"Australian attitudes and reactions to the People's Republic of China 1949-1972"

Birgan, Michael (1973). "Australian attitudes and reactions to the People's Republic of China 1949-1972" Honours Thesis, School of History, Philosophy, Religion & Classics, The University of Queensland.

       
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Author Birgan, Michael
Thesis Title "Australian attitudes and reactions to the People's Republic of China 1949-1972"
School, Centre or Institute School of History, Philosophy, Religion & Classics
Institution The University of Queensland
Publication date 1973
Thesis type Honours Thesis
Supervisor Glen Barclay
Total pages 109
Language eng
Subjects 160601 Australian Government and Politics
160607 International Relations
Formatted abstract

INTRODUCTION

Lord Casey once said: "You've got to live in Australia and be an Australian to have a proper realization of the enormous change that has come over the continent of Asia by reason of China having gone Communist. Australians had a ‘special’ realization of the significance of the Communist revolution in China. Whether or not it was a 'proper realisation' as Casey claimed did not matter, most Australians have been fearful of China since 1949. For Australians, Chinese communism had something to do with the Bank Nationalization Act, Communists in the Australian Labour Party, industrial strikes, peace conferences, disagreement between Britain and the United States and the struggle between good and evil in the world. Australians have always had little knowledge of China, yet the perception of China has been all pervading. China has been at the core of Australian foreign policy thinking since 1949 and has infiltrated our domestic policies as well.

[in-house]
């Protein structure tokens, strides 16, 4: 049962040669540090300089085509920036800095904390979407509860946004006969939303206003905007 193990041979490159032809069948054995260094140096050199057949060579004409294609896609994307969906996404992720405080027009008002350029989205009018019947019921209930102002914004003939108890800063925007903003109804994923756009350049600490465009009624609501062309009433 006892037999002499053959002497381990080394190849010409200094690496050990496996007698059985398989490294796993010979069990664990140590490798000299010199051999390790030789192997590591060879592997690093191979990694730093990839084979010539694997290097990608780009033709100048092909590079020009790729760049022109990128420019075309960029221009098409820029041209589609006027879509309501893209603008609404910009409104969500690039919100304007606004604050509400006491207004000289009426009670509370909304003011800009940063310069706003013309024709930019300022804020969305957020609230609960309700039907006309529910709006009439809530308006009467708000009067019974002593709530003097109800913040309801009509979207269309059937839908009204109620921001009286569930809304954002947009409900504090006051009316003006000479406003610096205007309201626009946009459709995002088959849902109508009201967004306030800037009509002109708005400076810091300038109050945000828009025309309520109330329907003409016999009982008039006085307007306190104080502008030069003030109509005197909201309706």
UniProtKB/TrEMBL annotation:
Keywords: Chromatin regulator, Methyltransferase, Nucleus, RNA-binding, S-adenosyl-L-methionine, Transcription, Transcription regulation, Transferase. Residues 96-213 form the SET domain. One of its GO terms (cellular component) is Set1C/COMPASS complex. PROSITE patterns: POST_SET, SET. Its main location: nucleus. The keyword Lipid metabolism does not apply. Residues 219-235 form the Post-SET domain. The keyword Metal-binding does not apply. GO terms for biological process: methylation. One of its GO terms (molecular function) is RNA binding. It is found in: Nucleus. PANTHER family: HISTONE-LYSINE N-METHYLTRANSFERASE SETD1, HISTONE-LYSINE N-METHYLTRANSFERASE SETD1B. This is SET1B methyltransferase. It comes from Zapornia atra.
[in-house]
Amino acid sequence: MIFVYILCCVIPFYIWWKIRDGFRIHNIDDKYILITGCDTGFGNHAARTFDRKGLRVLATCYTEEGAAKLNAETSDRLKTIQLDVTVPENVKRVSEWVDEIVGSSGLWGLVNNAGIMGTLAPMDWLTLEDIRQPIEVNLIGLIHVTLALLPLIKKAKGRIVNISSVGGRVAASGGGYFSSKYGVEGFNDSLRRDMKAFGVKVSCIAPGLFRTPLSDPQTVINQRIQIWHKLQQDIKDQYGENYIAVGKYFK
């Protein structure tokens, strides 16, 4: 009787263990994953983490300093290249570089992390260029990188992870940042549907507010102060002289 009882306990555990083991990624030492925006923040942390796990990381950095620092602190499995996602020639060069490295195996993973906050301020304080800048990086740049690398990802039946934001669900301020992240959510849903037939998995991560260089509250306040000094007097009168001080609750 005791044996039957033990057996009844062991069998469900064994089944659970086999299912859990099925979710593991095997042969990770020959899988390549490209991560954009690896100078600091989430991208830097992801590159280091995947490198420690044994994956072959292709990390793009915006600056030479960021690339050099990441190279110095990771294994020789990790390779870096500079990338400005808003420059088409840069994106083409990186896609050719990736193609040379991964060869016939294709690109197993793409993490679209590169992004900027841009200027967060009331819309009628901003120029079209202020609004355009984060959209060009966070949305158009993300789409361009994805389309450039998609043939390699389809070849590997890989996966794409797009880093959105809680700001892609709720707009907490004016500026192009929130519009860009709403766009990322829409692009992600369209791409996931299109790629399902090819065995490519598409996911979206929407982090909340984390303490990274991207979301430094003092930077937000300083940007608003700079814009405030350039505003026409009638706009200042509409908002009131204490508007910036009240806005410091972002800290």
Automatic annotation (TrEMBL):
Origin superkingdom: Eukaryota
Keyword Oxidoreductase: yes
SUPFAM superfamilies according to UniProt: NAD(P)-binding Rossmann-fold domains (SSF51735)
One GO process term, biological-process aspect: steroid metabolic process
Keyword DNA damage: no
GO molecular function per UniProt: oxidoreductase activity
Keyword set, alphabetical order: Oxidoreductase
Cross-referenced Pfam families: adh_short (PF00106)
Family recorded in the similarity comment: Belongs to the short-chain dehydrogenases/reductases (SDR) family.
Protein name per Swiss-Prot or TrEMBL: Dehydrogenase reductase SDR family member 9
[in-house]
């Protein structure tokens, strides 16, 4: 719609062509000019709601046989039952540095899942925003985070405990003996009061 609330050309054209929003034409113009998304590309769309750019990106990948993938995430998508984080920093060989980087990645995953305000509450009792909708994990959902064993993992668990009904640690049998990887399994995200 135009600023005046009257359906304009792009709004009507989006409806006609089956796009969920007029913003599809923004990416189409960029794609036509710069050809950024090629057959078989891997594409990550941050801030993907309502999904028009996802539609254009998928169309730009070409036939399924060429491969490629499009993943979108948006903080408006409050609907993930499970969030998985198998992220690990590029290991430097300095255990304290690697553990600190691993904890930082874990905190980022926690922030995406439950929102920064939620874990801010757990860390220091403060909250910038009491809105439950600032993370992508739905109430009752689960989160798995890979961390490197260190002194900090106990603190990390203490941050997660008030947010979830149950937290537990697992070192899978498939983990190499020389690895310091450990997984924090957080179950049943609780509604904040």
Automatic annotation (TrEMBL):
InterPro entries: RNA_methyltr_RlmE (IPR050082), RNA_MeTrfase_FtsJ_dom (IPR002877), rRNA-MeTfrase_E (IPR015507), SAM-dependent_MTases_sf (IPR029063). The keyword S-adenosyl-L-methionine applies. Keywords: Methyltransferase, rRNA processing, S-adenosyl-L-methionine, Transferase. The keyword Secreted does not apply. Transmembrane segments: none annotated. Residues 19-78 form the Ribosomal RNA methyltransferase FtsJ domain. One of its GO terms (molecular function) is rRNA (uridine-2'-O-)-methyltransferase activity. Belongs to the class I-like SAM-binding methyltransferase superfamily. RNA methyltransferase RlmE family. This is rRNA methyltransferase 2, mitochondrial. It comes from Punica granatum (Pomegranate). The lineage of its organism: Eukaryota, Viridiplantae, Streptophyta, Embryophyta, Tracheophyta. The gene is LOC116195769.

The coming to power of the Communists in China coincided with a growing awareness of the unfortunate break-up of the Western Imperial system. With Asia firmly in European hands the important events in the world took place far away. The Japanese ended all that in 1942, though it took several years for Australians to realize that it had happened. The Imperialist powers tried after the war to reassert their control in Asia. By 1949 it was fast becoming obvious that this was not possible. Not all Australians were unsympathetic to Asian Nationalism. The Australian Labour Party Government, at the insistence of Dr. Evatt, supported Indonesian Independence and welcomed India into the Commonwealth. But the concept of Asia freed from European control caused some anxieties and awakened the not very dormant 'yellow peril' fears that had become part of the Australian way of life since the Goldrushes. Japan had been spared European domination, and in 1942 she smashed through a multitude of European dominions to the shores of Australia. Now, nothing could be the same again in Australia's part of the world. Australians at once became conscious that they were different from Asia yet part of it. Generations of European domination had made it more difficult for Australians to comprehend the historic national rivalries on the Asian continent and Australians tended to regard Asia as a monolith. The Menzies government came to power in 1949 on a wave of controversy about Communism in Australia and Communism in Asia. Against Evatt's proposition of independent small and middle powers, the people had chosen alignment in the Cold War – the struggle between the ‘good', and the 'bad'. Part of the 'good' was the Western Imperialist tradition which had made Australia safe for so long.   ……………………………

Keyword Australia -- Foreign relations -- China

Document type: Thesis
Collection: UQ Theses (non-RHD) - UQ staff and students only
 
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